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Re: Terminating many T1's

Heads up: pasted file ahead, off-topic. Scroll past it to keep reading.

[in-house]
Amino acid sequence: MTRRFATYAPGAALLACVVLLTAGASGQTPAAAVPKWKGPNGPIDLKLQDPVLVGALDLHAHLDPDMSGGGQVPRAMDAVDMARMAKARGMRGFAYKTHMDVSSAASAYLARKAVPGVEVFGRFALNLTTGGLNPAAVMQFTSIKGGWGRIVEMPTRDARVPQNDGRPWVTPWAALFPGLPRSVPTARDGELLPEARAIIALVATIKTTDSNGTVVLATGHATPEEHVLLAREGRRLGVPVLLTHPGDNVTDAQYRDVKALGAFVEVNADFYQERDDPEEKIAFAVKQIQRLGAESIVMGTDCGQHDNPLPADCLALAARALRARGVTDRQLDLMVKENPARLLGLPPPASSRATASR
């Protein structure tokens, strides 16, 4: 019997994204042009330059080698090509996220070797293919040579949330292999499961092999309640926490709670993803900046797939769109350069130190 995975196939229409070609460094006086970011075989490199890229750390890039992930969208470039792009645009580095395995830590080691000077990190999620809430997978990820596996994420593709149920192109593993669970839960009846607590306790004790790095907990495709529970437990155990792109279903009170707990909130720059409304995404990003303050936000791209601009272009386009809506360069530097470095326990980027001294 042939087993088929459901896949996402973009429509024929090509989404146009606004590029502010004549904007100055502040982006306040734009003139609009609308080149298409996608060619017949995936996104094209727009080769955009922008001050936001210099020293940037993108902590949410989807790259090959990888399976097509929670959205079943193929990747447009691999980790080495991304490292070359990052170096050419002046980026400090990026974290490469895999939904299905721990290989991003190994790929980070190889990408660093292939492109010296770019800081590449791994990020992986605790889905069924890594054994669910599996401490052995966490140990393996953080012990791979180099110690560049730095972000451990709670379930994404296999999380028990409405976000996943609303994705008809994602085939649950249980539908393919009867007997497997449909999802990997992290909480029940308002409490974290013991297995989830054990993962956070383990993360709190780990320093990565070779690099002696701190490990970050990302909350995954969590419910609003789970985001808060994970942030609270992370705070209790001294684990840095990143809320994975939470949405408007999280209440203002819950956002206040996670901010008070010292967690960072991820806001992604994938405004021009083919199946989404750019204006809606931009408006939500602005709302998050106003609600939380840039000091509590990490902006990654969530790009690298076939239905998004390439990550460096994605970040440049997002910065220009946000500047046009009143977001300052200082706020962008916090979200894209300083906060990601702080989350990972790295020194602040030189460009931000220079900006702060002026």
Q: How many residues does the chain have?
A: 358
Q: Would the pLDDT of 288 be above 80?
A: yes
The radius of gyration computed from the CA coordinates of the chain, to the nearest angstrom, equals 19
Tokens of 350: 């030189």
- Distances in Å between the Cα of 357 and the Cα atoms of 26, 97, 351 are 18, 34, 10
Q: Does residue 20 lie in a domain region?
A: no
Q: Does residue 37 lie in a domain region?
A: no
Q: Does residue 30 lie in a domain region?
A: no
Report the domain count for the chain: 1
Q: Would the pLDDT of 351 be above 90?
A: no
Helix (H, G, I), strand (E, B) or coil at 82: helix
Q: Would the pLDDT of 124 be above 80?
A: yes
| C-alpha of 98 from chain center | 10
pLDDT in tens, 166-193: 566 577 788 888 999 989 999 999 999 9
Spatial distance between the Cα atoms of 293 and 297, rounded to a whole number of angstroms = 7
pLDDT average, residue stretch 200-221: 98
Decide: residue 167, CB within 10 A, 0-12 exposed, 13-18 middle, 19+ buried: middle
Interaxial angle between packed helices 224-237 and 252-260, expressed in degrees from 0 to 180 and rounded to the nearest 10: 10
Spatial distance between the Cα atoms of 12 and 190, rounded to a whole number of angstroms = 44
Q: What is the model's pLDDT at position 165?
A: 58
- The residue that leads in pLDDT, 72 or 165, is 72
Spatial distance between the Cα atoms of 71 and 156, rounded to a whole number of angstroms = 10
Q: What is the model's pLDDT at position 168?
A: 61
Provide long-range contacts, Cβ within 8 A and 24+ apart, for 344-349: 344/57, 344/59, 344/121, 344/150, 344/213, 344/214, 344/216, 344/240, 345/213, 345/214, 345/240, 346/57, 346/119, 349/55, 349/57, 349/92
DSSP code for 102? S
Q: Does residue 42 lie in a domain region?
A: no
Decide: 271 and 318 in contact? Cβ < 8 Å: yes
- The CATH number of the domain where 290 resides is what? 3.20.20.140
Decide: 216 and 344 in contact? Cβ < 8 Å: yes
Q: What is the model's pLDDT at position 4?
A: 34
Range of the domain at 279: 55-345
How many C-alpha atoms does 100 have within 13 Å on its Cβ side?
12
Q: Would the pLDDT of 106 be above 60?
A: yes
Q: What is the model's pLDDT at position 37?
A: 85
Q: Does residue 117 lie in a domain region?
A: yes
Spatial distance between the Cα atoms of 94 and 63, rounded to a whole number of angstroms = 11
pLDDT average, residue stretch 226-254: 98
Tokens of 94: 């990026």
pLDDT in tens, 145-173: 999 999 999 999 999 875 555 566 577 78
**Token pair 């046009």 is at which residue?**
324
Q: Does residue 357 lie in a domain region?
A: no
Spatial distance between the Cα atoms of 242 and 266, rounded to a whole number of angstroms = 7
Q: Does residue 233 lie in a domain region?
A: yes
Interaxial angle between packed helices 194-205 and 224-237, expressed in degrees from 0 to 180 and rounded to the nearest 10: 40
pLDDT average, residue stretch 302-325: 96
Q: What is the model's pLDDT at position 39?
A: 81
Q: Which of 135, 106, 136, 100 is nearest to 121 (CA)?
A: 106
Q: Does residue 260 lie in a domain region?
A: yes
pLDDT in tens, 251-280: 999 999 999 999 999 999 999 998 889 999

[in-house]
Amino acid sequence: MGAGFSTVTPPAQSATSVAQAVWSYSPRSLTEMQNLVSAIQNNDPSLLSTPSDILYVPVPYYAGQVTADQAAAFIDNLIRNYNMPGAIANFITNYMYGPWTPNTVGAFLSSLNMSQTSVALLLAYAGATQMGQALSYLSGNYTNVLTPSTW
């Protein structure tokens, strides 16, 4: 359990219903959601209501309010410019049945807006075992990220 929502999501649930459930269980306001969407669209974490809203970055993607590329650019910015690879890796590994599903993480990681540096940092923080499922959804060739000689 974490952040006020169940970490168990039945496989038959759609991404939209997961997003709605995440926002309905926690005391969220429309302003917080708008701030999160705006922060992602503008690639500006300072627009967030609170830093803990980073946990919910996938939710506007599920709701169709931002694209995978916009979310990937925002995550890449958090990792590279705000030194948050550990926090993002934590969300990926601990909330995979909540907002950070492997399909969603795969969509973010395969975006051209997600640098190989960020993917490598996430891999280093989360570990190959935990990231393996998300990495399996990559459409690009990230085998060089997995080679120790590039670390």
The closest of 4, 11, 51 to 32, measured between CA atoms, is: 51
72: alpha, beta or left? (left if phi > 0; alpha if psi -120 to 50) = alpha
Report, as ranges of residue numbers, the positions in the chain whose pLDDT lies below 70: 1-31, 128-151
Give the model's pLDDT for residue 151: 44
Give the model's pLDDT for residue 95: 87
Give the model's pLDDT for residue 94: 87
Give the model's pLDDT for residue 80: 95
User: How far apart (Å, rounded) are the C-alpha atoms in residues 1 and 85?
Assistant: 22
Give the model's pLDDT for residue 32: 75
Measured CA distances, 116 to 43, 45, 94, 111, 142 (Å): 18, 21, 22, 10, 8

Hm, Neil, isn't the fact that we are in total agreement again one of the Signs of the Apocalypse? :-) "Neil J. McRae" <firstname.lastname@example.org> writes: > The solution to this is for someone to make a > Channelised SONET/SDH interface. Designers should look at the Cisco (sorry, Neil) CT-3 card: http://www.cisco.com/warp/public/733/CT3IP/ct3_ds.htm which takes in an electrical PDH 45Mbps DS3 circuit and pulls out 28 DS1s. This is a beautiful card for anyone aggregating lots of DS1s together, and I'm pleased Cisco built it. (Consider that two CT3s get rid of most of the equipment seen in this picture: http://www.stupi.se/Bilder/3266-2012-0599/jpg1/img0011.jpg) Unfortunately it's all on the U.S. PDH standard, but hey, what can you do? --:) Like you, I would like to see one deal with SDH/SONET, and be able to pull out European PDH formats as well as U.S. PDH formats. I believe there is a market for such a card that consists of more than just you and me, although big traditional telcos will still like the CT3 for a while to come (testing and procedures reasons mostly). For the moment, however, if you have a telco supplying you with U.S.-style PDH circuits over SONET, you can pull a DS3 trib out of an OC3, and drop that onto the CT3 card, and handle 28 DS1s that way. Eliminating the need for the DS3 tributary card at the MUX and pulling an optical connection into a router would be a Good Thing as a next step, and I think that Cisco understands this. I dunno what your vendors are up to, but hey, if they want to build such an interface, then that's way cool too. The end goals, just to amplify your comments, are: -- one pair of fibres from MUX to router -- many many many lines of various bandwidths encapsulated in that pair of fibres -- de/aggregation of things like STM-1/OC3 or faster bundles of PDH and SDH circuits to be done by the telco side -- SDH/SONET is cool, and worth paying for -- SDH/SONET is cheaper facilities-wise for telcos to provide Ultimately I would like to be able to divide telcos into two varieties: those that offer fast concatenated point-to-point bandwidth (STM-1c to STM-16c, for customer and inter-POP connections, for example), who will never need to worry about PDH equipment ever; and those who will aggregate large numbers of PDH circuits into SDH/SONET in the standard way (to talk to lower-speed customers). [*] This meshes nicely with the idea of evolving three principal types of IP routers: ones that handle a number of very fast POS ports (STM-16c is nice), ones that handle one or two very fast POS ports and have massive de/aggregation facilities, much like the Cisco CT3, only at larger scale, and ones that are "special case" boxes which trade off interface steroids for packet-per-second processing time and general computational steroids (right now these are generally what I would call "edge" boxes, for use principally in talking with peers and/or customers at exchange points where rate limiting and other policy issues; in the future they could be huge NAT boxes, or only heaven knows what :) ). > SDH and SONET are multiplexing technolodgies and I wish the router > manufacturers would wake up and grab this idea. Agreed! Talk to your vendors, I'll talk to mine. :-) Sean. Footnote: [*] For the sceptical, there are already alternative suppliers of high-speed concatenated SDH in Europe. The traditional PNOs so far Just Don't Get It, and will probably not take advantage of the potential revenue stream for a while yet (big hint: if you're a potential supplier of high-speed concatenated SDH and aren't seriously thinking of pricing a few percentage points off a linear extension of PTT tariffs, talk to me :) ). The traditional PNOs are also no longer the only options for offering up a bunch of PDH circuits concatenated into SDH/SONET, either, so they face competition on that front too.